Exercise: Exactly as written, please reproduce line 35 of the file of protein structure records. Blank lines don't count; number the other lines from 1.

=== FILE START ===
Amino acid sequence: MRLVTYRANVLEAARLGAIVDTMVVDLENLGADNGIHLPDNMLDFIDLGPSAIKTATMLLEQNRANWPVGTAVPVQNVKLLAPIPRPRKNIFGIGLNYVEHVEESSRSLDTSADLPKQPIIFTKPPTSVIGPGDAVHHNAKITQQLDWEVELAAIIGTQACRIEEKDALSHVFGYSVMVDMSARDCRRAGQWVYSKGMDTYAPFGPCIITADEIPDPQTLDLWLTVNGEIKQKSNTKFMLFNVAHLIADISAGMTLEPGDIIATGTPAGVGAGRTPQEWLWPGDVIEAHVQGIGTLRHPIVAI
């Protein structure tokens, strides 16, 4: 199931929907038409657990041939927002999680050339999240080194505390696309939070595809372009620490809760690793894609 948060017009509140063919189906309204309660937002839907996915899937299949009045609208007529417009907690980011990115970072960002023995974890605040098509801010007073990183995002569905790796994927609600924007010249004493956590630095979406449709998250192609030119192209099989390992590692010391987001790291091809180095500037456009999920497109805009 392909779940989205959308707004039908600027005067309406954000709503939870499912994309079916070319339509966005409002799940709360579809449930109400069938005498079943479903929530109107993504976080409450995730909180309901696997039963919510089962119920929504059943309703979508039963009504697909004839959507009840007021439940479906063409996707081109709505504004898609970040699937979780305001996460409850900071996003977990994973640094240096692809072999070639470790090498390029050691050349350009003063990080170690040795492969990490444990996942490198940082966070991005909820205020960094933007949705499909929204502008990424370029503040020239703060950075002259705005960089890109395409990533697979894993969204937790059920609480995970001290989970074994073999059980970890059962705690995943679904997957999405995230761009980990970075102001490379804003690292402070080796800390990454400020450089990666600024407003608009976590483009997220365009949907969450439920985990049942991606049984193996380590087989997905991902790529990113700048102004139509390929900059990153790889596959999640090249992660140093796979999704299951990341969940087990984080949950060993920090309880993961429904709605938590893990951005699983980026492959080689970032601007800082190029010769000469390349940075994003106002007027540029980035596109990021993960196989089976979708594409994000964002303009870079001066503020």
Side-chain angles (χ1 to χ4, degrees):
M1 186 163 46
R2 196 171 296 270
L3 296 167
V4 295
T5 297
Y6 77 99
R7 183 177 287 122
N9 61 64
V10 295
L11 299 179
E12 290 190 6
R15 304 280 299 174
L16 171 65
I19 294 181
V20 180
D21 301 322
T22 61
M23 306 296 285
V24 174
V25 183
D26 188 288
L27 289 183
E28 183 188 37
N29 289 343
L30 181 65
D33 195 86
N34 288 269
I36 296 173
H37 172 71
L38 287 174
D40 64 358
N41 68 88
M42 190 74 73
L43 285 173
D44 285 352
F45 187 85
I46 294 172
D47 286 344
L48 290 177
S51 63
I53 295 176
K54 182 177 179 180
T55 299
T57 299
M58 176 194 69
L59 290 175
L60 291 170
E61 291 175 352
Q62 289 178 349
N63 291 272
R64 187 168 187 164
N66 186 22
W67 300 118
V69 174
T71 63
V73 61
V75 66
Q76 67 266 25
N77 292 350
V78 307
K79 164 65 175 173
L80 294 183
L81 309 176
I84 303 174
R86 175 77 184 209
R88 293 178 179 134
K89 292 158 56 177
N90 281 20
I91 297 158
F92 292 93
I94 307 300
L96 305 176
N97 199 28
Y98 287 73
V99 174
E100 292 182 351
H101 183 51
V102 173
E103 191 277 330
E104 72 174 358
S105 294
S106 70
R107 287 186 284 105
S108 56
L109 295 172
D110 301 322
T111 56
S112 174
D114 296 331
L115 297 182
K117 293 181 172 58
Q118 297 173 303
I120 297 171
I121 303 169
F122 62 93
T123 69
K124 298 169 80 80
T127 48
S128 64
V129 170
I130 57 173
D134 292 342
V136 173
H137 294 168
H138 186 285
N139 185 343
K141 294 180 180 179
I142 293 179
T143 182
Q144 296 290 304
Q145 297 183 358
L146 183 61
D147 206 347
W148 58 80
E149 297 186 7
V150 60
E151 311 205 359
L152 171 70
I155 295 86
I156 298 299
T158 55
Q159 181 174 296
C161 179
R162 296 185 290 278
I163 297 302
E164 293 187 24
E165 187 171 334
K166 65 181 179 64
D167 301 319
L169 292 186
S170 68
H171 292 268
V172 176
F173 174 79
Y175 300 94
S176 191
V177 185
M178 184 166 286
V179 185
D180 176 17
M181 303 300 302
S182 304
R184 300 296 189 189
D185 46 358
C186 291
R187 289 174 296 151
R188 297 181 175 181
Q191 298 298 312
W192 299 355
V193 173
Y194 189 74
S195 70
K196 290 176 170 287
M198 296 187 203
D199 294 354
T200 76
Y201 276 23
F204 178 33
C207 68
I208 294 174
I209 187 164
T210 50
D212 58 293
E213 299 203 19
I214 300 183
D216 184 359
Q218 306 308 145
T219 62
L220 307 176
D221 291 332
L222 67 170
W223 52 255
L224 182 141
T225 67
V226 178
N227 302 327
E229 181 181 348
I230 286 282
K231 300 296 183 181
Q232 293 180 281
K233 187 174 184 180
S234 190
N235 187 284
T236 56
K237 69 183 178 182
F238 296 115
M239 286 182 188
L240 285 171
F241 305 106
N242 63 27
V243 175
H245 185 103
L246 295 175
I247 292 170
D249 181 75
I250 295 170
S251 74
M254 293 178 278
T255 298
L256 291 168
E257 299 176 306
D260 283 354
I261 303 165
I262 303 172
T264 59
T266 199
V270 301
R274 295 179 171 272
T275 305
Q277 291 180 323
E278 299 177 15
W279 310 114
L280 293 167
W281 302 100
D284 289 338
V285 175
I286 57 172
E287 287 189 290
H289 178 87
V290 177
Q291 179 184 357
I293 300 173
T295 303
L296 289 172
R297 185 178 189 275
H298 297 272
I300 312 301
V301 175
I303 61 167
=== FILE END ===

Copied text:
N41 68 88